This was the third straight improvement in projected spending. Also, firms nationally lifted actual spending in Q3, the third straight rise. This was despite another decline in spending by the miners, although even this fall was the smallest since mid-2014.

Last quarter, private investment across all industries rose by 1.0%q/q, in line with economists’ expectations, after a 1.1% increase in the June quarter. The latest broad-based rises in investment spending on buildings and structures and plant and equipment have important implications for the Q3 GDP data, released next week. It now looks like the economy will have expanded at a decent clip last quarter, after the 0.8% rate of expansion in Q2.

The all-important forward looking investment spending intentions showed a small upgrade by firms outside mining. After adjustment for managers’ usual estimation errors (most underestimate their actual spending in the forward-looking surveys), it now looks like economy-wide investment will fall only modestly (down 0.4%) in the year ended 30 June. Previously, firms had expected to trim spending by as much as 7% relative to a year earlier.

Firms within the resources sector still plan to slash investment (by a whopping 22%), but this has more to do with project completions than cancellations. Many large resource projects are moving from the construction phase to production, particularly in LNG, so it makes sense that investment is falling. Elsewhere, firms in manufacturing plan to raise spending by nearly 2% this year while, encouragingly, those in all other sectors expect a 12% lift.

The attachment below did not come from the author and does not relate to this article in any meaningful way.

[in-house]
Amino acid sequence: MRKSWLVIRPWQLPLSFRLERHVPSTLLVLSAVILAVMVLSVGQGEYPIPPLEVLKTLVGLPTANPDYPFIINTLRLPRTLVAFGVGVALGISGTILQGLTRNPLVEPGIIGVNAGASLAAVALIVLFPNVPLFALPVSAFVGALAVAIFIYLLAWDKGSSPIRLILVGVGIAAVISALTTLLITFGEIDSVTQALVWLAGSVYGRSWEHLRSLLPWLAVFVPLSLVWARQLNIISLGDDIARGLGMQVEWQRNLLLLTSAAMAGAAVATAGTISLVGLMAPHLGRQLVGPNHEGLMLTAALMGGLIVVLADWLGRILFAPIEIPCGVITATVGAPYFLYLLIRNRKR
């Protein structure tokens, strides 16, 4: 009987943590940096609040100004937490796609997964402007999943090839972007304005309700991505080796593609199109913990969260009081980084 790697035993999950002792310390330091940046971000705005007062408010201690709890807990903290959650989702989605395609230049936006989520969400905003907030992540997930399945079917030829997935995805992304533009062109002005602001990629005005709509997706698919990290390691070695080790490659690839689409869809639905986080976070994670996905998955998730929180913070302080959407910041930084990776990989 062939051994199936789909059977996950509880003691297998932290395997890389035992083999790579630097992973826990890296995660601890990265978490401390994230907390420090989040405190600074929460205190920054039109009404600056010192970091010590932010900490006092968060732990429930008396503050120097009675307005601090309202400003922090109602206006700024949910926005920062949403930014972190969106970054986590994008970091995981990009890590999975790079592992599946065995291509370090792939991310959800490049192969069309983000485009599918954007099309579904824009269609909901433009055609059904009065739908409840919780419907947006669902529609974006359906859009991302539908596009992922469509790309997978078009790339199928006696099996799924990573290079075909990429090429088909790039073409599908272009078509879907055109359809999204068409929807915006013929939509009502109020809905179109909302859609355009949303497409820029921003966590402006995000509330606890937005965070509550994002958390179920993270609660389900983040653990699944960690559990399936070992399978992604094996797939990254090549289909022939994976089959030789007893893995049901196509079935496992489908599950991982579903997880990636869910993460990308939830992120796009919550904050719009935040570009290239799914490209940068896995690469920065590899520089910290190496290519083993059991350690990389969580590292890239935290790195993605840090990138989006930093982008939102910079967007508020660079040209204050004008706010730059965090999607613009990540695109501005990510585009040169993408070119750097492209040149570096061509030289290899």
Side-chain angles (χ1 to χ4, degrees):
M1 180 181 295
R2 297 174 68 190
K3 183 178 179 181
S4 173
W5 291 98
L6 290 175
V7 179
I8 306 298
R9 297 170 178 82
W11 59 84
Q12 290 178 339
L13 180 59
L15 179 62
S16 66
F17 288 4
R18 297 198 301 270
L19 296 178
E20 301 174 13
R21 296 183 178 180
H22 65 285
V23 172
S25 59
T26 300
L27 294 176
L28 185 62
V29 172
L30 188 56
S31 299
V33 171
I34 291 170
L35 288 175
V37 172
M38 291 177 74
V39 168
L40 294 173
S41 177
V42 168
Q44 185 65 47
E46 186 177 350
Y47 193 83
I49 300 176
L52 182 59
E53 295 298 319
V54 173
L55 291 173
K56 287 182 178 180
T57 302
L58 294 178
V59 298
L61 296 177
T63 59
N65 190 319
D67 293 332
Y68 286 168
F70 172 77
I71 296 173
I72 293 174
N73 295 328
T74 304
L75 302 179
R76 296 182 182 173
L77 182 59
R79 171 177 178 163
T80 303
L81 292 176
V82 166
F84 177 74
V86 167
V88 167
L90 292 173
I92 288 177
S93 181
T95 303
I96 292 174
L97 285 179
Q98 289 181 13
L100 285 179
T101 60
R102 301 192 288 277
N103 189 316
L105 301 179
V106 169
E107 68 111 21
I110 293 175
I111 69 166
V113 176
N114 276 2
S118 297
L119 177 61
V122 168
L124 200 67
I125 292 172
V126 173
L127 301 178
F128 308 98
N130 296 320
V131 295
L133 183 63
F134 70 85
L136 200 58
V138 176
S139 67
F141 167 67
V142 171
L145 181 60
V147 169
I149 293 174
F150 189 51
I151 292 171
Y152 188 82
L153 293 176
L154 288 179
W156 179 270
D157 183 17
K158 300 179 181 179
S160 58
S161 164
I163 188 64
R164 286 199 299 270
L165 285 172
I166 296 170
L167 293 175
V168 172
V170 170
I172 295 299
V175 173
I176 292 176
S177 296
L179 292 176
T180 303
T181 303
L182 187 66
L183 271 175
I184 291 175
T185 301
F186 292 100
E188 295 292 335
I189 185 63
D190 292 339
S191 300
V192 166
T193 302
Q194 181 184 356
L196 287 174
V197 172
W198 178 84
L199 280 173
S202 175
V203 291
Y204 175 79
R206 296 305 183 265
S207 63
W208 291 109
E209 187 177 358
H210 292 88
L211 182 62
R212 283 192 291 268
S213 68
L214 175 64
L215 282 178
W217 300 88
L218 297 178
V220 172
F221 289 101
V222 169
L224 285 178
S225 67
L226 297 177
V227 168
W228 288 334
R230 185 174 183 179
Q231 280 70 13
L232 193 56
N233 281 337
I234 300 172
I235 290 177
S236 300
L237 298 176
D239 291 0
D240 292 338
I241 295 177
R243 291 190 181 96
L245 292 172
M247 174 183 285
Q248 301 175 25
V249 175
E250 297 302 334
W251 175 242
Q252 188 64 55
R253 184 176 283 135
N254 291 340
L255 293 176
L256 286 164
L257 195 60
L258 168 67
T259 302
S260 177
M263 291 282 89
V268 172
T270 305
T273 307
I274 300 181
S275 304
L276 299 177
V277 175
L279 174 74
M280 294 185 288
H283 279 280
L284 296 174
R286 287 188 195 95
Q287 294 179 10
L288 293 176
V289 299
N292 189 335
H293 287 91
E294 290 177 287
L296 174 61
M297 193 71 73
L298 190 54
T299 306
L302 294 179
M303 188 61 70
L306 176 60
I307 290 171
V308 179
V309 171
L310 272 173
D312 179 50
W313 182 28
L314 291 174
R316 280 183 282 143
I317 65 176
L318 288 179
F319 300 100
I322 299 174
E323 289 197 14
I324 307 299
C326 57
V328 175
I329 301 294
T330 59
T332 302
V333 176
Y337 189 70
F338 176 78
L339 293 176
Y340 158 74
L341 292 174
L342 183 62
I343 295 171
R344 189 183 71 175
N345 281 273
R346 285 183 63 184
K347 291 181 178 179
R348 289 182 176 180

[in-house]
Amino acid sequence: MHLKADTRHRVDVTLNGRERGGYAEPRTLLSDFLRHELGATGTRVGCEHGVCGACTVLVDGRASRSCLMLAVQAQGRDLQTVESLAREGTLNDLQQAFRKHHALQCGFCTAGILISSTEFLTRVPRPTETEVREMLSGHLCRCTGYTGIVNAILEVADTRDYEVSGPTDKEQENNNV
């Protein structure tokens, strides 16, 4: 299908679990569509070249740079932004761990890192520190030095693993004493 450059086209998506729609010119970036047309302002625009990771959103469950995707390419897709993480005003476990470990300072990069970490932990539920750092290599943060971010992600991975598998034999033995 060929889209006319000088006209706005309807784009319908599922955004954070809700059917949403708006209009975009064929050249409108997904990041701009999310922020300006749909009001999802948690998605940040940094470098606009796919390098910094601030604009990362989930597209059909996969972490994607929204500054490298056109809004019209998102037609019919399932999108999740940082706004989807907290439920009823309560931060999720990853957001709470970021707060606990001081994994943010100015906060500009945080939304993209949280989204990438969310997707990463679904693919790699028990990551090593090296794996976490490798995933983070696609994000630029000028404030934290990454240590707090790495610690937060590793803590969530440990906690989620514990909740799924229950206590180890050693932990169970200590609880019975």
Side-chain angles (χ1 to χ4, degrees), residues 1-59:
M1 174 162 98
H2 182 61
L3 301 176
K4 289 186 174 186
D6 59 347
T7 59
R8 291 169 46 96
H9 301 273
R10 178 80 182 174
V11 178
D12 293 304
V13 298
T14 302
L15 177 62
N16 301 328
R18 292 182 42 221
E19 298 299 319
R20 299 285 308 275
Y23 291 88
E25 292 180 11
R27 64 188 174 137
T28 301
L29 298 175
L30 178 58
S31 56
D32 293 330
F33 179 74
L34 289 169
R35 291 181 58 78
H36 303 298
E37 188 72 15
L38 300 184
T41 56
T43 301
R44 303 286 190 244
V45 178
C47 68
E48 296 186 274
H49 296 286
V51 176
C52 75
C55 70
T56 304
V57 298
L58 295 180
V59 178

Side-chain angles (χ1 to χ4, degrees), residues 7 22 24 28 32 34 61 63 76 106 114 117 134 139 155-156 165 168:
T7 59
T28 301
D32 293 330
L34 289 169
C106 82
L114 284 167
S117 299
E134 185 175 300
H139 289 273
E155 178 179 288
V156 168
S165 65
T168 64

The next capex survey in three months’ time will reveal firms’ expected spending for the year ended June 2019. This survey probably will reveal a long-awaited rise in economy-wide investment spending, given recent positive developments. Indeed, the landscape for investment has been improving for a while. Business conditions are at record highs in the NAB business survey, interest rates remain at all-time lows and the global economic outlook is improving. Also, replacement of aging plant and equipment cannot be delayed indefinitely.

Investment spending